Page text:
The men, who are mostly in their 70s and 80s, set a goal for Make A Difference Day: to hold the largest one-day food drive ever in a retirement community. Bingo!
They collected a whopping 11.5 tons of food from about 9,000 donors — enough food to feed 657 families for a week.
On Make A Difference Day, the National Assistance League, a Burbank-based service club, put the gift of a new book into America’s smallest hands. More than 3,300 members in 94 chapters nationwide collected and gave away 113,101 books to children in need. In one shelter, kids got fleece blankets with their books. Away from domestic violence, as the kids snuggled in to read, one League member said, “You could just see the tension leave their little bodies.”
Last August in central Washington, the Taylor Bridge Fire raged out of control, consuming everything in its path. When firefighters drowned the last spark, it had burned 23,500 acres, destroyed 61 homes and cost $11.1 million to put out. On Make A Difference Day, more than 50 children were among 100 volunteers helping to restore the forest during Operation Lorax, named for the Dr. Seuss character who spoke for the trees. The Red Cross and the Washington Conservation Corps planned it and provided seedlings, supplies, and tools to do the job. All told, the volunteers planted 1,000 ponderosa pines that day.
USA WEEKEND, with Newman’s Own and the Corporation for National & Community Service, sponsors the City Award to highlight the impact cities engaging citizens in service.
Albuquerque, New Mexico
Led by the city’s Open Space Division and the non-profit Nicodemus Wilderness Project, 41 volunteers took part in the city’s 13th Make A Difference Day. Volunteers descended on Piedra Lisa Canyon to plant shrubs to fight erosion, pick up trash and lug 5-gallon backpacks of water up hillsides to scrub graffiti off granite boulders. Mayor Richard Berry said afterwards “our city is better off” because of the effort.
For 11 years, Make A Difference Day has united “one of the most diverse cities in the country” — where 167 languages are spoken — in community service, says Mayor Bill Harrison. “Make A Difference Day allows people of all backgrounds to work together to improve our city.” Never more so than last October, when a record 1,339 volunteers led by Fremont’s Human Relations Commission fanned out to help their neighbors. Among 76 projects, volunteers weeded a community garden, painted schools, cleaned up a creek, fixed code violations at seniors’ houses, and collected 200 pounds of peanut butter and jelly for the homeless.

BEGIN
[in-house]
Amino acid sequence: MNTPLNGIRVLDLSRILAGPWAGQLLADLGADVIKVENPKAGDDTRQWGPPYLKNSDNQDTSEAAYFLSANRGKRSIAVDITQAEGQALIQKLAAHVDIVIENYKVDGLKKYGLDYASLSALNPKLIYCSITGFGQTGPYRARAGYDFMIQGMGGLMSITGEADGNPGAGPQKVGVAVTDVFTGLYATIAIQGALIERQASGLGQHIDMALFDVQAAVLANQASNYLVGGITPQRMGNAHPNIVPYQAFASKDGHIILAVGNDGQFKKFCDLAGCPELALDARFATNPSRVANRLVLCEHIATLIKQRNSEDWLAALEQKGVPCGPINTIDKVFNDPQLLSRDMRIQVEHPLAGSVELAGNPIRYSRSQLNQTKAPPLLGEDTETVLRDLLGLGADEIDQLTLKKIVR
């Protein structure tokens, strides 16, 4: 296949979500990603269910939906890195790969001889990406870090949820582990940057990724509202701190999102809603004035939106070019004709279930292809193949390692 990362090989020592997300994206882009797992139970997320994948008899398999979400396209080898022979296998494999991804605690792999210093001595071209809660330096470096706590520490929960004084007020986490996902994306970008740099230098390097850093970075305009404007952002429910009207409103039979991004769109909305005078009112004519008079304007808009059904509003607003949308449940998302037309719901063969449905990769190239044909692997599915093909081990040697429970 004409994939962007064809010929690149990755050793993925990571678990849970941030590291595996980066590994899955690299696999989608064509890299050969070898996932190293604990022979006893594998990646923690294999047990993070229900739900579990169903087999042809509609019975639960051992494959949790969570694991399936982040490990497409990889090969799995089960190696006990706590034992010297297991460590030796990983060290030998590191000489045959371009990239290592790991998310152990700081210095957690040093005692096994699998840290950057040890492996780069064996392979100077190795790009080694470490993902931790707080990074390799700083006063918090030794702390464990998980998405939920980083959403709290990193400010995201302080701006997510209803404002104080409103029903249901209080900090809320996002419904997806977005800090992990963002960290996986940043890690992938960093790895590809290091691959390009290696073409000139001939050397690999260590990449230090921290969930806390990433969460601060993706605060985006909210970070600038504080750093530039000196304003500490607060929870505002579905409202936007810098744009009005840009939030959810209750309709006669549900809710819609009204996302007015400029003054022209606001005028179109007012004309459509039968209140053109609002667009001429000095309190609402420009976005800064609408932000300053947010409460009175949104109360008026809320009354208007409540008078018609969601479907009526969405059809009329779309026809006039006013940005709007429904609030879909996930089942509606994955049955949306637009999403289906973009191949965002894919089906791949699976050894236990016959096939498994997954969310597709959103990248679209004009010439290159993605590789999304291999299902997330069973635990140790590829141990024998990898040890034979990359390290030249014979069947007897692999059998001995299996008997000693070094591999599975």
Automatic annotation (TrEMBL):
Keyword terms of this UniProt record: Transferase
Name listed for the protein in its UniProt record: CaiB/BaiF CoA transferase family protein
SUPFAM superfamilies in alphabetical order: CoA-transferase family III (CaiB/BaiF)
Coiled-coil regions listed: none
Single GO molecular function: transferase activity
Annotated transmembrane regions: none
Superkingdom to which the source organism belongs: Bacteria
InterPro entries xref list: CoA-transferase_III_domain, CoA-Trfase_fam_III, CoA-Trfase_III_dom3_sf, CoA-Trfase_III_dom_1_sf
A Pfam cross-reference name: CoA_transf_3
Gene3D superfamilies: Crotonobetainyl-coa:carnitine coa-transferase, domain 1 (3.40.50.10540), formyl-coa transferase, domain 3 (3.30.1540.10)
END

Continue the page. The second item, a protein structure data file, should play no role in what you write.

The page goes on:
The city of Kettering is no stranger to Make A Difference Day. Last fall marked the 19th year that this Dayton suburb has rallied into action. More than 200 volunteers took part in projects including removing limbs, leaves and invasive plants from a seven-block area of the Richman Heights neighborhood. “Make A Difference Day is a staple of our community,” says City Manager Mark Schwieterman. The event also launched Kettering’s first Cities of Service initiative (a bipartisan coalition of mayors committed to increasing volunteerism) that will kick off the revitalization of a different neighborhood each year on Make A Difference Day.
USA WEEKEND, in partnership with the Gannett Foundation, announces the new All-Star Award, which recognized a previous Make A Difference Day honoree for continued service on Make A Difference Day. Selected by popular vote the winner's charity of choice receives a $10,000 donation.
Melbourne & Palm Bay, Florida
For 15 years, Melbourne Central Catholic High and St. Joseph Catholic School in Palm Bay have led the community in Make A Difference Day action. They won a national award in 2003. Last fall, they joined forces with West Shore Junior/Senior High and Lake Washington Fellowship to organize a 5K and fundraising dinner that raised $25,000 for Jason Whitworth, a beloved former teacher who has Lou Gehrig’s disease. Says project coordinator Mary Loschiavo: “Make A Difference Day is a way of life here.” $10,000 award from Gannett Foundation and USA WEEKEND goes to ALS Association Florida Chapter.